[Question #3924] sex after high risk hpv diagnosis?
31 months ago
I was diagnosed with hpv about 3 years ago. After two colposcopies and a cone biopsy, I just found out I have type 16/18/45. Although my most recent PAP came back negative, the hpv is still present and my gyno recommended a hysterectomy. (I am in my 50's) My partner and I are concerned that he might be infected as well, due to the fact that these types are known to cause cancer (we've had unprotected sex). What is the probability that he is also infected and if he isn't, how can we prevent him from getting infected but still continue to have an active, healthy sex life? It's really putting a huge strain on our relationship.
H. Hunter Handsfield, MD
31 months ago
Welcome to the forum. Thanks for your question.
Surgical treatment of HPV is beyond my expertise. However, hysterectomy would be an extreme solution to an asymptomatic HPV infection without documented cancer, or perhaps (rarely) for pre-cancerous disease. I have to believe the gynecologist has reasons other than HPV to recommend hysterectomy. If not, I strongly recommend you get a second opinion on that aspect of your care.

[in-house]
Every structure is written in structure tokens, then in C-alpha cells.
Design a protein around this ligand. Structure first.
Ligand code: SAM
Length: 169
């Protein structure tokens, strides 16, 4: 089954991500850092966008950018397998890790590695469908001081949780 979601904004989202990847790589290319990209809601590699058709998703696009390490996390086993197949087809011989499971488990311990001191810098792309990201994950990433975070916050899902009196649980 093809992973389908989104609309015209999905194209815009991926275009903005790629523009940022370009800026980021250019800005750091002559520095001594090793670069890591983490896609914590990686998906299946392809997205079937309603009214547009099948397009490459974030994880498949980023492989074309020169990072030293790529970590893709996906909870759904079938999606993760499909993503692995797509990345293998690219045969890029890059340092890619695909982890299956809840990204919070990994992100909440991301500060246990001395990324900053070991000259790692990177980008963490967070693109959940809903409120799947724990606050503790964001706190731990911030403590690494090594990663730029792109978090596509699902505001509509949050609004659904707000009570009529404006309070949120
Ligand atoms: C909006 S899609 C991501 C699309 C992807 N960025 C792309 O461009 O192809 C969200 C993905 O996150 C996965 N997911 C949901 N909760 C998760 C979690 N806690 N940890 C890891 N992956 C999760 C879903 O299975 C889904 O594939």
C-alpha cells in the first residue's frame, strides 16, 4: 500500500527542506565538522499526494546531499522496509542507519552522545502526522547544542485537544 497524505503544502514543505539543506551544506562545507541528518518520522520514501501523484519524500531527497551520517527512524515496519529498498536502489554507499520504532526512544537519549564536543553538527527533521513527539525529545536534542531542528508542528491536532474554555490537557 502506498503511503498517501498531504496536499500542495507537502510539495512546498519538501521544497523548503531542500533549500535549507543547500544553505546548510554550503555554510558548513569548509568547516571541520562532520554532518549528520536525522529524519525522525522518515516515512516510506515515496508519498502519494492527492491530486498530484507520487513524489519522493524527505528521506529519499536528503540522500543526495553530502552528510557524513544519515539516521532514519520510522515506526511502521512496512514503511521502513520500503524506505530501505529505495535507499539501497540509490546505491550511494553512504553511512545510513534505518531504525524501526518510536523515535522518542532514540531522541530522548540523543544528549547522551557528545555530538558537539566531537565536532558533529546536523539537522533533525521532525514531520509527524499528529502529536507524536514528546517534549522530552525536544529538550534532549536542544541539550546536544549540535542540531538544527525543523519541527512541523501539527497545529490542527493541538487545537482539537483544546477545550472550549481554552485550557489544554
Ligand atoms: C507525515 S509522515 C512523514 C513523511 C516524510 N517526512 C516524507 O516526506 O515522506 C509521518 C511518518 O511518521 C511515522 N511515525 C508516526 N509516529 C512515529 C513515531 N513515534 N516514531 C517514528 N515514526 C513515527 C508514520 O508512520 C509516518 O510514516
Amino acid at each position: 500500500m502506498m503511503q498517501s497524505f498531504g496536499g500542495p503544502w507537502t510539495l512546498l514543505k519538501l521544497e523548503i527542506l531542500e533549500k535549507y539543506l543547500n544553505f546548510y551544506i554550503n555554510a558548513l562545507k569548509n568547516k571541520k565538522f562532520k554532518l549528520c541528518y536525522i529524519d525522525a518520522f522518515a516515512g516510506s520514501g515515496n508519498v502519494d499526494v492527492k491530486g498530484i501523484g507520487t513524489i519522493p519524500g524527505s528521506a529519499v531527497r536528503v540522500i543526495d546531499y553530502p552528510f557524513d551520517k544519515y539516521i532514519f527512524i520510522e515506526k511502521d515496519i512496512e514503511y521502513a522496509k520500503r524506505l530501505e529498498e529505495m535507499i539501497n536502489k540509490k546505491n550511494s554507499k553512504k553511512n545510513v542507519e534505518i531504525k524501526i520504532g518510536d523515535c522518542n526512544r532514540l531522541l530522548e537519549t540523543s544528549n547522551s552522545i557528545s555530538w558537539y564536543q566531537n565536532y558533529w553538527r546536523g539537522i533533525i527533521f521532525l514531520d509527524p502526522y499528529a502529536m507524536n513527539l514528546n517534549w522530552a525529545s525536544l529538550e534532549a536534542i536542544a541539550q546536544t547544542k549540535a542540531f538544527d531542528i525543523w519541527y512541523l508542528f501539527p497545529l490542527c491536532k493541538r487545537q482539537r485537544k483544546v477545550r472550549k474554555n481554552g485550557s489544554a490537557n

It is true that the HPV 16, 18 and 45 are among the highest risk types for cancer. However, even with these types, the large majority of infections do not lead to cancer (probably on the order of 1 in a thousand, maybe even lower). Also, cancer caused by virtually never develops out of the blue, but is preceded by several years of pre-cancerous changes of the type you might have had. (HPV alone rarely if never needs cervical conization.) If you do not currently have such an abnormality, or if it was successfully treated with conization, I do not understand why hysterectomy is a consideration.
Since you were first diagnosed 3 years ago, your partner clearly has been repeatedly exposed and probably infected. Most HPV infections in men never become apparent and are eradicated by the immune system. At this point, there is no need to alter your sexual practices: he probably is immune. Condoms or abstinence will have absolutely no effect on his health or the very low risk of a serious problem due to HPV. He should keep his eye out for unexplained genital bumps or non-healing sores and see a doctor if any of these develop. But that's all. Your "active, healthy sex life" with one another and the romance and love it suggests definitely should continue without interruption!
I hope these comments are helpful. Let me know if anything isn't clear.